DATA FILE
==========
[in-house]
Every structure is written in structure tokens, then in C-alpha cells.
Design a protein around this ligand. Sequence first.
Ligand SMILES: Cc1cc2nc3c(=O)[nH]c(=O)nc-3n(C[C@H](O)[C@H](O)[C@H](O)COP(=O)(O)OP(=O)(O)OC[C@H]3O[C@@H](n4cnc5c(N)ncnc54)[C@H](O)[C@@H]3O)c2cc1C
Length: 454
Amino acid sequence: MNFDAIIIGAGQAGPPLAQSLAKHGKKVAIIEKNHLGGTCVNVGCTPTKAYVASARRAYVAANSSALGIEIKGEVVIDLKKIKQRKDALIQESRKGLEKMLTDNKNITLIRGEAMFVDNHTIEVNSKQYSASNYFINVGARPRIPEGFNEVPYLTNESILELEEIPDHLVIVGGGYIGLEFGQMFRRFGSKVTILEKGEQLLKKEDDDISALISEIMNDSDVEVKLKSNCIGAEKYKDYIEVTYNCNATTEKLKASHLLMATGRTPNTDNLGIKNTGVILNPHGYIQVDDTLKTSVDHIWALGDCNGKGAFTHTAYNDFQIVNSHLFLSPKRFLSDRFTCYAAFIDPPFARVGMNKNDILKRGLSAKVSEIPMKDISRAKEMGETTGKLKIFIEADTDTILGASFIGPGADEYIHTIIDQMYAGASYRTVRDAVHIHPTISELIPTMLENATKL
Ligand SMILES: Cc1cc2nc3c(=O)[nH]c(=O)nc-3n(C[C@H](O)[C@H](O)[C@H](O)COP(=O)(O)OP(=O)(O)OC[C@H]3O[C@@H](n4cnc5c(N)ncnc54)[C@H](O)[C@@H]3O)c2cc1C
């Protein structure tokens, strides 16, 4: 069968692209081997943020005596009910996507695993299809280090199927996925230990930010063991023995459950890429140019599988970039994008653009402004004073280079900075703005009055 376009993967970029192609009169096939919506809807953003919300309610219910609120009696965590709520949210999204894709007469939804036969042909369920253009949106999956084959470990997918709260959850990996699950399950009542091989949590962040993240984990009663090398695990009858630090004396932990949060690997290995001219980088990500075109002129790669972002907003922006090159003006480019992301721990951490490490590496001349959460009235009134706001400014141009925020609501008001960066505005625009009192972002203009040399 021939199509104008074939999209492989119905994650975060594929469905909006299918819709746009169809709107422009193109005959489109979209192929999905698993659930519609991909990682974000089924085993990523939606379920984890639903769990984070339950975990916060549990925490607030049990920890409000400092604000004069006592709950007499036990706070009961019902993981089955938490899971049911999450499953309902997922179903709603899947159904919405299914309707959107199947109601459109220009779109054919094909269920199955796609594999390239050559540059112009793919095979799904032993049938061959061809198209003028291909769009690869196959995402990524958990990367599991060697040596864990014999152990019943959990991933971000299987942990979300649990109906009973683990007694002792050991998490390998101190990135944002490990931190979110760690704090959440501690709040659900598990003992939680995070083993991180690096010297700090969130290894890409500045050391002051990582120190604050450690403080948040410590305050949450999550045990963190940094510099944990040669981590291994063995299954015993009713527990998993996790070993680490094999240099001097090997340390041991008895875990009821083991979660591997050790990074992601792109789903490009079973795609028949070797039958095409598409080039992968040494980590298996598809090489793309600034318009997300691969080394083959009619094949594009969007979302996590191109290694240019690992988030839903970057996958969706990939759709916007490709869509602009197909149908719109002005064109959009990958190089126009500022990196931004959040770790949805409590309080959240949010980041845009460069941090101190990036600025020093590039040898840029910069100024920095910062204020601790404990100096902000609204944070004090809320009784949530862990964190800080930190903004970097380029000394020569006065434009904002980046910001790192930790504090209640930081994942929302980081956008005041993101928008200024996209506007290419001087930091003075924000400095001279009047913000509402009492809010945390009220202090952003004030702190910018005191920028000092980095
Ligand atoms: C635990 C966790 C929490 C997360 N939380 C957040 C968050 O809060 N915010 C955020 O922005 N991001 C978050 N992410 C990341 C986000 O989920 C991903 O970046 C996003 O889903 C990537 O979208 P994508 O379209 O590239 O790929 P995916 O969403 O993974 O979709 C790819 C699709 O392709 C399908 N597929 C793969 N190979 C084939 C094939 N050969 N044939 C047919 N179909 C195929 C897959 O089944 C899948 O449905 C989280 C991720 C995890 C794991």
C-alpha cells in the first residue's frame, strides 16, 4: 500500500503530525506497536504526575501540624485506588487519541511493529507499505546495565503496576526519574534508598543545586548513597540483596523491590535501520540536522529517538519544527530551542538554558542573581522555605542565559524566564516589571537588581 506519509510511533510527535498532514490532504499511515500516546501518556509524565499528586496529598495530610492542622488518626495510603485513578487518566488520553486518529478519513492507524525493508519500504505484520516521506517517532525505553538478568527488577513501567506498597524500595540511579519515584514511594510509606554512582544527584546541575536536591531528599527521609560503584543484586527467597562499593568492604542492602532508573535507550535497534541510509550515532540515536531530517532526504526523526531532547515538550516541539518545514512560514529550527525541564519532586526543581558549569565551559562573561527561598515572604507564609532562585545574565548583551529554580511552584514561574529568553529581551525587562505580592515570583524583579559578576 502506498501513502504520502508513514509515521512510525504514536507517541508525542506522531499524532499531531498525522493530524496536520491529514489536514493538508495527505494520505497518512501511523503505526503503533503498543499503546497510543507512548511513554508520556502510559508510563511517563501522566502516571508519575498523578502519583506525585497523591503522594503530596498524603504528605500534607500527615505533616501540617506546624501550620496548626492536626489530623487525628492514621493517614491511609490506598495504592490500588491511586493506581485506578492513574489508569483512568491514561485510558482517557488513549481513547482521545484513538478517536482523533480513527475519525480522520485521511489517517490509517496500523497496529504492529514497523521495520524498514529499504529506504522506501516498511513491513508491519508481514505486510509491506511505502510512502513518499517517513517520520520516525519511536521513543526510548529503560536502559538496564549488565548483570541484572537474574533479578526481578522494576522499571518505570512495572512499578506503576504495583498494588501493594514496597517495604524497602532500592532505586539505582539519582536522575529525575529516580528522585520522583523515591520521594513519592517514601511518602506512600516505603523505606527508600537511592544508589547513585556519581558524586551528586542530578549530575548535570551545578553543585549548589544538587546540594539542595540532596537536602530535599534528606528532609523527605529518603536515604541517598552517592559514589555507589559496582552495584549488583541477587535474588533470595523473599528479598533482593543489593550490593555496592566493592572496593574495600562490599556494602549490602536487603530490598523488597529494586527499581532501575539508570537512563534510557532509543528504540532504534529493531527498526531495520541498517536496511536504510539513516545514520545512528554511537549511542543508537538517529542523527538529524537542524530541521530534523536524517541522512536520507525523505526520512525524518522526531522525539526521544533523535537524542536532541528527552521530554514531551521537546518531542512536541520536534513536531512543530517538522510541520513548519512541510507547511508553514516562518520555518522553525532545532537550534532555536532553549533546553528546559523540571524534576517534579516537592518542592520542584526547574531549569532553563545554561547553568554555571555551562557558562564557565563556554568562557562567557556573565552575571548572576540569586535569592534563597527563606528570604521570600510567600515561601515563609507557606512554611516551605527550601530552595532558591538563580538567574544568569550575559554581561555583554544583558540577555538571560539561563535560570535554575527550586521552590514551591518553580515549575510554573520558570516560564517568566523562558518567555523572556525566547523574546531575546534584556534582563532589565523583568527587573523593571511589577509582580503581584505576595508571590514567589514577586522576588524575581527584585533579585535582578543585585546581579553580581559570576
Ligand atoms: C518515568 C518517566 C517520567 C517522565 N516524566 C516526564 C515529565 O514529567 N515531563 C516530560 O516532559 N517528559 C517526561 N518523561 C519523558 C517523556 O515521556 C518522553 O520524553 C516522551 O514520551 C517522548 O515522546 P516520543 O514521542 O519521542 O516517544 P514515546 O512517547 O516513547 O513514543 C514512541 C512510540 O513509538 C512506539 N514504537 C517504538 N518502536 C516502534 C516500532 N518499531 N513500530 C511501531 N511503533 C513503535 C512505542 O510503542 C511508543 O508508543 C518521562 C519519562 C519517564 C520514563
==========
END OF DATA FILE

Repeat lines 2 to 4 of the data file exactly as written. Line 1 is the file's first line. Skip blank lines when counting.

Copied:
Every structure is written in structure tokens, then in C-alpha cells.
Design a protein around this ligand. Sequence first.
Ligand SMILES: Cc1cc2nc3c(=O)[nH]c(=O)nc-3n(C[C@H](O)[C@H](O)[C@H](O)COP(=O)(O)OP(=O)(O)OC[C@H]3O[C@@H](n4cnc5c(N)ncnc54)[C@H](O)[C@@H]3O)c2cc1C